In the last two decades, the majority of new treatments that have become available for CRS have in the main been refinements rather than revolutions—for example, new formulations of intranasal steroids or third-generation antihistamines. However, there are some genuinely new and exciting innovations which are on the cusp of integration to clinical practice. Monoclonal antibodies that bind to targets such as IgE, interleukin-4 (IL-4) and IL-5 were developed primarily as treatments for asthma, but clinical trials have demonstrated that several of these agents may also be effective in CRS with polyps.39 At present, they remain expensive and are limited to subsets of patients with difficult to treat asthma, but as prices fall in future and evidence for their efficacy accumulates then in future they may become available for the treatment of CRS. There have also been several promising avenues of research that may unlock further therapeutic targets, such as the role of the microbiome in sinus disease. However, as alluded to in the many international guidelines, there is a paucity of evidence for many of the treatments that are currently used in CRS before even considering new innovations. This has led to a redoubling of efforts in CRS research to produce high-quality evidence for commonly available treatments. Key to these efforts is the need to accurately define the endotypes of disease which will be studied in trials, as broad clinical phenotypes such as ‘polyps’ may encompass a wide range of underlying pathophysiology. Tightly defining the endotypes of disease for trial inclusion will permit robust examination of the response to treatment in each subgroup. Meta-analyses of CRS outcomes have been hampered by the broad clinical phenotypes, and using precise endotypes will enhance our ability to pool data from multiple trials; this will also be enabled by international consensus statements that define key criteria such appropriateness for ESS40 and standardised sets of outcome measures;41 and funding has been secured for one of the largest ever trials of interventions in CRS which will specifically examine the question of the efficacy of both macrolides and ESS (the MACRO trial42) in subgroups of patients defined by precise clinical and pathological parameters. At present, treatment of CRS exists in a time of genuine clinical equipoise where treatment is empirical and even international guidelines depend more heavily on expert opinion than robust scientific statements. Ongoing research endeavours aim to transform the treatment of CRS and usher in the era of precise, personalised medicine for these patients.

Main messages

  • Chronic rhinosinusitis (CRS) is a common disease in UK adults and causes significant detriment to life.

  • The best evidence for effective treatment is for topical intranasal corticosteroids and saline irrigation.

  • For patients who do not respond to this first-line treatment, there are many potential avenues for further treatment but there is controversy about which strategy is the most effective

Current research questions

  • Is it possible to identify specific endotypes of CRS to replace the broad clinical phenotypes that we currently base our treatment plans on?

  • Are macrolide antibiotics an effective treatment in CRS?

  • Is best medical treatment superior to surgery in the treatment of CRS?

Key references

  • Fokkens WJ, et al, European Position Paper on Rhinosinusitis and Nasal Polyps 2012. Rhinolgy 2012 3 p preceding table of contents, 1–298.

  • Orlandi RR, et al, International Consensus Statement on Allergy and Rhinology: Rhinosinusitis. Int Forum Allergy Rhinol 2016. 6 Suppl 1: p. S22-209.

  • NICE. Sinusitis. 2018; Available from:!scenario:1

  • Head K, et al, Systemic and topical antibiotics for chronic rhinosinusitis. Cochrane Database Syst Rev 2016. 4: p. CD011994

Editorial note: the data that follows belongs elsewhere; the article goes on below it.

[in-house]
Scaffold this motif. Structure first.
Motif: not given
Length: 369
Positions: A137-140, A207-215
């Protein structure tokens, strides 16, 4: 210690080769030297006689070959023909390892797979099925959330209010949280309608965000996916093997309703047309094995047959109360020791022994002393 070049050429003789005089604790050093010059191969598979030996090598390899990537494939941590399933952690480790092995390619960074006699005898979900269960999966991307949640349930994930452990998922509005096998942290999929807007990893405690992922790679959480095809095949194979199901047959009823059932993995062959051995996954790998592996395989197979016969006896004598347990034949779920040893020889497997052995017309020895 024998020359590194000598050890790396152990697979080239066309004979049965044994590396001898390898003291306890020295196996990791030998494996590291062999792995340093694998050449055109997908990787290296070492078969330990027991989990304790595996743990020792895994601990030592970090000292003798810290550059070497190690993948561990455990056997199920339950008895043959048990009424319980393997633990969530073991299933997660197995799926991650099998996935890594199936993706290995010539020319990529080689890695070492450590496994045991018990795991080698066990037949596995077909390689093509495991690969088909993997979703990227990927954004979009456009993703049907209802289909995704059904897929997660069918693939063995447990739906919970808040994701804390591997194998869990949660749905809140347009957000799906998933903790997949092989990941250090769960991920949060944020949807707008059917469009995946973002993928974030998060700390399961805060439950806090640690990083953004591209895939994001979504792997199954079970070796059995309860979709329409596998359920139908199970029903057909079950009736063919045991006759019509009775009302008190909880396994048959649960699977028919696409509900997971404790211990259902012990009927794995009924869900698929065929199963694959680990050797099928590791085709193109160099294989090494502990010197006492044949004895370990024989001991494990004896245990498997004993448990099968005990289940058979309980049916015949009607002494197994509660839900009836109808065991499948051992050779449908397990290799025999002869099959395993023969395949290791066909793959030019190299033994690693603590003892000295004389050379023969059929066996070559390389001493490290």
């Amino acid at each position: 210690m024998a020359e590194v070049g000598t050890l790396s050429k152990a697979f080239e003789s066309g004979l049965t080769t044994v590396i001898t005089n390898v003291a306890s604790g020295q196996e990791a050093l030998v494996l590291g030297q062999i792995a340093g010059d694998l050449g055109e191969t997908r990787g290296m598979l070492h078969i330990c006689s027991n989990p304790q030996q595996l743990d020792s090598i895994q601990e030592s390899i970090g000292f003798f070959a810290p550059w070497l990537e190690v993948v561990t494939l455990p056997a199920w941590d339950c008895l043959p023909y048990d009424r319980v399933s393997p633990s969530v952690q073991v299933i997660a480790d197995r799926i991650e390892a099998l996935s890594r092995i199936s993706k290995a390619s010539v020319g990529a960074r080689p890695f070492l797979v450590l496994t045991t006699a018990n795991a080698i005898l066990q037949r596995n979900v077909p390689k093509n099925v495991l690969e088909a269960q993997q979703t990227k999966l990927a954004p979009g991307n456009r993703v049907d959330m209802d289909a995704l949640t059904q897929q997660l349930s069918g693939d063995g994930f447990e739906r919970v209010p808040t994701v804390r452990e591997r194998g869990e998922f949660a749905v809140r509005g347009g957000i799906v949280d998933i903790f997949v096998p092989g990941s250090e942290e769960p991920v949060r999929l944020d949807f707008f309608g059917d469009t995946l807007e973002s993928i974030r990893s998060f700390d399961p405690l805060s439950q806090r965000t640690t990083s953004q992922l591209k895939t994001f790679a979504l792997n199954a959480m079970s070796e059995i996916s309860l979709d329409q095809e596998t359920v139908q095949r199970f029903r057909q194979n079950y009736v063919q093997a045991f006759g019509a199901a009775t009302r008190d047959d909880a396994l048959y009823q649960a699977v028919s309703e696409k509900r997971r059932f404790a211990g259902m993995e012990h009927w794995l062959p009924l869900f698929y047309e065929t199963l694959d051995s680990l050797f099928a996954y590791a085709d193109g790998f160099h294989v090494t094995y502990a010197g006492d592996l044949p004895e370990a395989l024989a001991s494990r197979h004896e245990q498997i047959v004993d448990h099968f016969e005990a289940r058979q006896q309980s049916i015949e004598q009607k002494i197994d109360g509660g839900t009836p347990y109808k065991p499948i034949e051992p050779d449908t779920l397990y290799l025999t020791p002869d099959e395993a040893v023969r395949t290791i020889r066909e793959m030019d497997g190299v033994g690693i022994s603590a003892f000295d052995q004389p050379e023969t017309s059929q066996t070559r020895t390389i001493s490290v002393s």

• Hopkins C, et al, Long-term outcomes from the English national comparative audit of surgery for nasal polyposis and chronic rhinosinusitis. Laryngoscope 2009. 119 : p. 2459–65.

Self-assessment questions

  • Which of the following are typical symptoms of chronic rhinosinusitis? (a) Bleeding and crusting (b) Unilateral blood tinged discharge (c) Blockage, discharge, loss of sense of smell, facial pressure (d) Visual disturbance

  • The first-line treatment for chronic rhinosinusitis (CRS) is oral steroids and antibiotics. True or false?

  • A prolonged course of antibiotics (eg, up to 3 months) may occasionally be used in specific circumstances. What group of antibiotics has the best evidence to support their use for prolonged courses in CRS? (a) Penicillins (b) Macrolides (c) Aminoglycosides (d) Fluoroquinolones

  • And what adverse effects should the patient be advised of with these long-term antibiotics? (a) Cardiac comorbidity (b) Osteonecrosis of the femoral head (c) Epistaxis (d) Infertility

  • There is good evidence to support the superiority of surgical treatment of CRS compared with medical treatment. True or false?


  • Answer: (c) These are typical CRS symptoms. Bleeding and crusting should raise the possibility of vasculitis, septal perforations, or recreational cocaine use. Unilateral blood tinged discharge is a red flag sign that should prompt concerns of malignancy. Visual disturbance may be caused by rare complications of CRS, but is not at all typical.

  • Answer: False. The first-line treatment for CRS should be topical steroids and saline irrigation.

  • Answer: Macrolides.

  • Answer: Cardiac comorbidity, particularly in patients with known heart disease. Osteonecrosis of the femoral head is a complication of oral steroids while topical steroids may cause epistaxis. Macrolides are not recognised to cause infertility but their use should be restricted during pregnancy. The Food and Drug Administration of USA recommend that if a macrolide must be used in pregnancy then azithromycin is category B (ie, safe in animal studies) while clarithromycin is category C (ie, shown to cause harm in animal studies).

  • Answer: False. There are very few high-quality trials that compare medical treatment to surgery, and meta-analysis is made difficult by wide variability in study protocols.



  • Contributors All three authors contributed equally to this article with review of evidence, writing the text, and editing the whole piece.

  • Funding The authors have not declared a specific grant for this research from any funding agency in the public, commercial or not-for-profit sectors.

  • Competing interests CH and CP are the chief investigators of the NIHR funded "MACRO" trial.

  • Patient consent for publication Not required.

  • Provenance and peer review Not commissioned; externally peer reviewed.